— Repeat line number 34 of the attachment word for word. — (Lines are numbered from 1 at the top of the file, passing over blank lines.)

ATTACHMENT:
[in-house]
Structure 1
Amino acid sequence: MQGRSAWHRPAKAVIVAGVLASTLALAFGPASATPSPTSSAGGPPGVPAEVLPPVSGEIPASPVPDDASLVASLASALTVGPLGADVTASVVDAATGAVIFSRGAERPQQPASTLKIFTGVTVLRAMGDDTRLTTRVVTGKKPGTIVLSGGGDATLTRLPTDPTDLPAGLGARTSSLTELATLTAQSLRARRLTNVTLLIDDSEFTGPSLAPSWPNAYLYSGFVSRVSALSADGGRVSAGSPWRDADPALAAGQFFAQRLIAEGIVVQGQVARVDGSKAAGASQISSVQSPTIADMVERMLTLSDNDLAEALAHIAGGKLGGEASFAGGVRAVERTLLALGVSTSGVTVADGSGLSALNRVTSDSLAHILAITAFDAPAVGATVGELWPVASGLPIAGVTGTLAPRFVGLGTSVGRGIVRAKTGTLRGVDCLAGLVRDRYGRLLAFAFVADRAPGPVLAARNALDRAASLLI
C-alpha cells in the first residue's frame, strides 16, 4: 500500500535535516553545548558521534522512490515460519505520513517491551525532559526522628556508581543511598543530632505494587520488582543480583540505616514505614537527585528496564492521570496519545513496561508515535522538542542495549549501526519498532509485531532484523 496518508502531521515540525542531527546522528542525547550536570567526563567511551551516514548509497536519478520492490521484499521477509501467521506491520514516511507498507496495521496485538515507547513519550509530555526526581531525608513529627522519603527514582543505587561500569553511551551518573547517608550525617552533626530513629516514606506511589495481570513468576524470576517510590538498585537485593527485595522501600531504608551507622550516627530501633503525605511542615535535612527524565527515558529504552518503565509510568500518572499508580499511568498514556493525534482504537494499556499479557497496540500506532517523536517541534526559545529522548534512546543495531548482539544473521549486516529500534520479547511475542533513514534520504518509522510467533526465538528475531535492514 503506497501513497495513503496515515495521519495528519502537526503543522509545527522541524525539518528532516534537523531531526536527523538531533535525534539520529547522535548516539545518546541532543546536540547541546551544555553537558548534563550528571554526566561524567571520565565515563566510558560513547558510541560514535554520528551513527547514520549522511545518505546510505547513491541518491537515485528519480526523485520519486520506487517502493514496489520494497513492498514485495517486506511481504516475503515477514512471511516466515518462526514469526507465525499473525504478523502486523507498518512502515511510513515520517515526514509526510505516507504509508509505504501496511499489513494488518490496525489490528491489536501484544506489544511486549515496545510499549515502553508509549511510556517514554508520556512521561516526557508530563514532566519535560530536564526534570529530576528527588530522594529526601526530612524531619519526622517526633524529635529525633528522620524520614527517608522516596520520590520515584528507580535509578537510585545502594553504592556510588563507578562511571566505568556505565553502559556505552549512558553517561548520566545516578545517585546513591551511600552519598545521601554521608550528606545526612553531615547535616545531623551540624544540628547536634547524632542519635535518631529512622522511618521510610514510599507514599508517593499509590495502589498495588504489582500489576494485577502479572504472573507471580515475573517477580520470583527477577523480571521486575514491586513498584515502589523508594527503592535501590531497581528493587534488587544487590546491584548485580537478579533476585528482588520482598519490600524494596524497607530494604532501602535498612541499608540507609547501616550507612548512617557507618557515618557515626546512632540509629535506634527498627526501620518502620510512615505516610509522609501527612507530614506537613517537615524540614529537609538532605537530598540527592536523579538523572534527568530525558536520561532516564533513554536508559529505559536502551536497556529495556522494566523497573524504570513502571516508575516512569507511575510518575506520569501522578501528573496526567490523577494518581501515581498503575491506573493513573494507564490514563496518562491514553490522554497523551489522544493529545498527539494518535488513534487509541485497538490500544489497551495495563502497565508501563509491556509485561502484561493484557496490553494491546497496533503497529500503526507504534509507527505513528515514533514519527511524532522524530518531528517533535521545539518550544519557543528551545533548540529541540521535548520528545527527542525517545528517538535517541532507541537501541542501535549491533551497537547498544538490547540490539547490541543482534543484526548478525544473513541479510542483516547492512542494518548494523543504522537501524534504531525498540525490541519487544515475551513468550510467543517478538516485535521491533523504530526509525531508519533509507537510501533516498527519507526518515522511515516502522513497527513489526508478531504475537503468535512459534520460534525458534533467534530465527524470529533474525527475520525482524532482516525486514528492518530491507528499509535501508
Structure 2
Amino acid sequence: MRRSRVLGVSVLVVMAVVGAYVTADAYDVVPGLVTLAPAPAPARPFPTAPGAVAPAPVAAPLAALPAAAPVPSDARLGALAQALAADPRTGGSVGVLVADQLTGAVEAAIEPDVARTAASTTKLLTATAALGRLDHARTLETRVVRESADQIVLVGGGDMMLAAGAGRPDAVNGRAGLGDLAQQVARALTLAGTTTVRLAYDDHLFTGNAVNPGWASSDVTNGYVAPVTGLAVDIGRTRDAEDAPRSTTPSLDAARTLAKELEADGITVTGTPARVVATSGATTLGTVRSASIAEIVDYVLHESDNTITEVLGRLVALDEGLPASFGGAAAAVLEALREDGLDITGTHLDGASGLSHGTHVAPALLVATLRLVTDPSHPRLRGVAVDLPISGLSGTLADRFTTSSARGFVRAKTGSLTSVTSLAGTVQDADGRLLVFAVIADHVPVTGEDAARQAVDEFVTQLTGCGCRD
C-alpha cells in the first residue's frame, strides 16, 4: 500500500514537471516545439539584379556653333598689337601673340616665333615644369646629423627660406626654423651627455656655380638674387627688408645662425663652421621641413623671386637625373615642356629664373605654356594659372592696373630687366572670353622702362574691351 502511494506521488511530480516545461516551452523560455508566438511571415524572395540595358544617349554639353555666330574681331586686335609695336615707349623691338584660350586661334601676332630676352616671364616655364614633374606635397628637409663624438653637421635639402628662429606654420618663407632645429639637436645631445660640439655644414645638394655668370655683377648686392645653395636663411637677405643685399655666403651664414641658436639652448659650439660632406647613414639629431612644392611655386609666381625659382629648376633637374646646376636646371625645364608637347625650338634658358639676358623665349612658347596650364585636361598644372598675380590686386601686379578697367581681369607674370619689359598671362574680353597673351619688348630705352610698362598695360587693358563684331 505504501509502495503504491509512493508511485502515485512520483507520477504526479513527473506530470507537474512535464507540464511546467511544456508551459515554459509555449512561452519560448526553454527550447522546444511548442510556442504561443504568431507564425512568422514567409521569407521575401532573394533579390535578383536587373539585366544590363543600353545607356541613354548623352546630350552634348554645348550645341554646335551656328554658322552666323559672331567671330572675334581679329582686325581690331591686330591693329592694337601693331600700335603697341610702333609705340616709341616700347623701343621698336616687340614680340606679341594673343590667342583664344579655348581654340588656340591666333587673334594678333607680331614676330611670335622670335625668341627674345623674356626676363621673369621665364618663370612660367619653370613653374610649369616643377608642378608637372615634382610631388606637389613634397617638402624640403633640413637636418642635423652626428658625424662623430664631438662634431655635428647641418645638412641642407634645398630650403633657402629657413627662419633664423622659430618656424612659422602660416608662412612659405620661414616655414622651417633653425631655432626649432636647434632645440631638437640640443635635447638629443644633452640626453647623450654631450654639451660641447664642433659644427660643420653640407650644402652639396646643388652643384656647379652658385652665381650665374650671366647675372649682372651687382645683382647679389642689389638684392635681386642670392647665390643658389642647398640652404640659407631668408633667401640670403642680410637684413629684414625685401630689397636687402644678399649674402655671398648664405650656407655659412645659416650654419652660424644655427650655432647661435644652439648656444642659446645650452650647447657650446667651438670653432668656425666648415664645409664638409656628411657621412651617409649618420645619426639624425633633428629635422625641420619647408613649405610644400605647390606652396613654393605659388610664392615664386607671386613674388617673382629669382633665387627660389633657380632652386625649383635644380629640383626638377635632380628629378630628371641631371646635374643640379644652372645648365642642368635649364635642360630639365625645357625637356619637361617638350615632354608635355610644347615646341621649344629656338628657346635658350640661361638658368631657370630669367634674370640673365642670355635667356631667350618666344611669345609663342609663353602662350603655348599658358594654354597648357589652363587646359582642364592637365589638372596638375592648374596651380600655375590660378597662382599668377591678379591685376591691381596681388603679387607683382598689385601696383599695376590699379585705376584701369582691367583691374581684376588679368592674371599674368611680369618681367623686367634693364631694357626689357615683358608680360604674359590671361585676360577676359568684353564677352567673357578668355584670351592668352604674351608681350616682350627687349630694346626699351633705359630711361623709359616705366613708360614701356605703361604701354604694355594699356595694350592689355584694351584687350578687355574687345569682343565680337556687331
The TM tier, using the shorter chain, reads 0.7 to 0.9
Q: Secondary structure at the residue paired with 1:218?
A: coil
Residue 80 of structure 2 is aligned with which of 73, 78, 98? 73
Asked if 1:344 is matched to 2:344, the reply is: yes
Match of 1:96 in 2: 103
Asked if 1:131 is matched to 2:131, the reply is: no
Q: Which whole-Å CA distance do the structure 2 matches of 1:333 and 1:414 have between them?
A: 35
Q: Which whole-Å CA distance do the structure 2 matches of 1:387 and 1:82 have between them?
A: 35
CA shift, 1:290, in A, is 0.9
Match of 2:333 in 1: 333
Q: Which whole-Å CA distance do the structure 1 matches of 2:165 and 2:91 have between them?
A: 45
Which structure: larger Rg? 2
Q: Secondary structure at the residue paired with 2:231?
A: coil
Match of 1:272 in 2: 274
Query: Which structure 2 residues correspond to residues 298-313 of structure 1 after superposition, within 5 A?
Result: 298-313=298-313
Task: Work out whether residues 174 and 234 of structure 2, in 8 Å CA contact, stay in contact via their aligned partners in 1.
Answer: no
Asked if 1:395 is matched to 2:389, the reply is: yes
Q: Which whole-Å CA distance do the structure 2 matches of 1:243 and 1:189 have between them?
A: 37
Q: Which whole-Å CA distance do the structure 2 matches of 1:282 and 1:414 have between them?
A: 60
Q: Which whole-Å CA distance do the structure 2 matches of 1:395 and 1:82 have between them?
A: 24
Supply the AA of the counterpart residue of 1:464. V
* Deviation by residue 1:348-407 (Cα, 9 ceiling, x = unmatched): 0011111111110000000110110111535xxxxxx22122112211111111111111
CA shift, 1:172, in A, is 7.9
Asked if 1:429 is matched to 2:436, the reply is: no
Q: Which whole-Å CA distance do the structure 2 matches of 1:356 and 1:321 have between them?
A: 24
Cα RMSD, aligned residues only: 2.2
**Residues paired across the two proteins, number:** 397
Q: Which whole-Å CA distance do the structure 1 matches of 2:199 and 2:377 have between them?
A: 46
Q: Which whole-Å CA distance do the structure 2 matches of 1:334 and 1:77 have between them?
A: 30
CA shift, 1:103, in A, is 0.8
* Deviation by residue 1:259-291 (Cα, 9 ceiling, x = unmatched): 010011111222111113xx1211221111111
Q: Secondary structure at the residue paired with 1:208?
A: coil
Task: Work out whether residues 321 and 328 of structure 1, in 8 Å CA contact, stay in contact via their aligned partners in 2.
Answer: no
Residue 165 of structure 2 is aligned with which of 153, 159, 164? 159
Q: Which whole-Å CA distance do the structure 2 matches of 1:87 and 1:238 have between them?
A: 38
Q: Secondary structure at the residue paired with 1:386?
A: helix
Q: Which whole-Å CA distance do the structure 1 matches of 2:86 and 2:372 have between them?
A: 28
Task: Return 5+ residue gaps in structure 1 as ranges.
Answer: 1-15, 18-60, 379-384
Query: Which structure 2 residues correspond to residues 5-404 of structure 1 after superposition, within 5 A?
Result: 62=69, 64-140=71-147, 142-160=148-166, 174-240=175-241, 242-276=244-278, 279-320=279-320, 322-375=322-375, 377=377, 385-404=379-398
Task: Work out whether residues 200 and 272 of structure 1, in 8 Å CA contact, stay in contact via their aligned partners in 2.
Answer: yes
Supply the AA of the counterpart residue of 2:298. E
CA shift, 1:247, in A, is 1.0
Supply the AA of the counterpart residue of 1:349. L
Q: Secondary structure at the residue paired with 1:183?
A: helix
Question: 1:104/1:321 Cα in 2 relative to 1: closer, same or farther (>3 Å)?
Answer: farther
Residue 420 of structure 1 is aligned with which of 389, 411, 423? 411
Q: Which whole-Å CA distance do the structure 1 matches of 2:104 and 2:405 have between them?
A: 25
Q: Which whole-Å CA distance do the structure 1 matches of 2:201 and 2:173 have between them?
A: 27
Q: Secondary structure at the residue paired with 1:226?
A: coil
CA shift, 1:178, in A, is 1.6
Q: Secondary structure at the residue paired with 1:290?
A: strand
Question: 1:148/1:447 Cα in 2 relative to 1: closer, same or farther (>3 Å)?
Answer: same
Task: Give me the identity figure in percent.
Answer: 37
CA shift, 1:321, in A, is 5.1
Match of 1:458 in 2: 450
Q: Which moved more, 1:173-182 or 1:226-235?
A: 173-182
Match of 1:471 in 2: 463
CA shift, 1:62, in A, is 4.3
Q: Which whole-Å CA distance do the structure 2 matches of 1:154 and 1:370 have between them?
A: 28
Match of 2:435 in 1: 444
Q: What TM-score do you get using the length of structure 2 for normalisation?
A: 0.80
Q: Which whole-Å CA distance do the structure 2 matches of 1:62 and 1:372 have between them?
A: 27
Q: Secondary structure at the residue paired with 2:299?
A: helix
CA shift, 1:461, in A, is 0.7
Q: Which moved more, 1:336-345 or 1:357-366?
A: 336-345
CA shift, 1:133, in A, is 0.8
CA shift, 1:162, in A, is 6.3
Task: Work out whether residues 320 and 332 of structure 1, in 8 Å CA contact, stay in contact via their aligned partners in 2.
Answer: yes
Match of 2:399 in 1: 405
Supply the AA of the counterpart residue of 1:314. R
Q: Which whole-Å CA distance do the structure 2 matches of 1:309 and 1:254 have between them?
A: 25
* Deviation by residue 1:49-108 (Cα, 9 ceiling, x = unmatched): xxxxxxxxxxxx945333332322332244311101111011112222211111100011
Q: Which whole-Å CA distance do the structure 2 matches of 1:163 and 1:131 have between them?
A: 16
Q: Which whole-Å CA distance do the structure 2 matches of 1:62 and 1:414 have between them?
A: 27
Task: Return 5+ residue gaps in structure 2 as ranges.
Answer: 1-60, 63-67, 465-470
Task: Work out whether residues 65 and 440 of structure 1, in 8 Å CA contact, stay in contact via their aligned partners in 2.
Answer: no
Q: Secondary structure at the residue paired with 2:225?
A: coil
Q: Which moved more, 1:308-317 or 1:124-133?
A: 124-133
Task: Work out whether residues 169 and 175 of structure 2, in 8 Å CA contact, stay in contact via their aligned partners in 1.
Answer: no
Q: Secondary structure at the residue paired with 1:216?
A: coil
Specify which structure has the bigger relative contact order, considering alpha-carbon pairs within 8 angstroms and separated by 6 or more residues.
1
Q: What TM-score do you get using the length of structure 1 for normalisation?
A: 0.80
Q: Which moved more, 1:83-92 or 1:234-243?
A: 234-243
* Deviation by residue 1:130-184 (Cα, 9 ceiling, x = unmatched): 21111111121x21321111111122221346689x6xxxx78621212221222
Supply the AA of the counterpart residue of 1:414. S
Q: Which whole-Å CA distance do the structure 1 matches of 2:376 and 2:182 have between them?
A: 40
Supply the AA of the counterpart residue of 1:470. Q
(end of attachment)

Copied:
Q: Which whole-Å CA distance do the structure 2 matches of 1:282 and 1:414 have between them?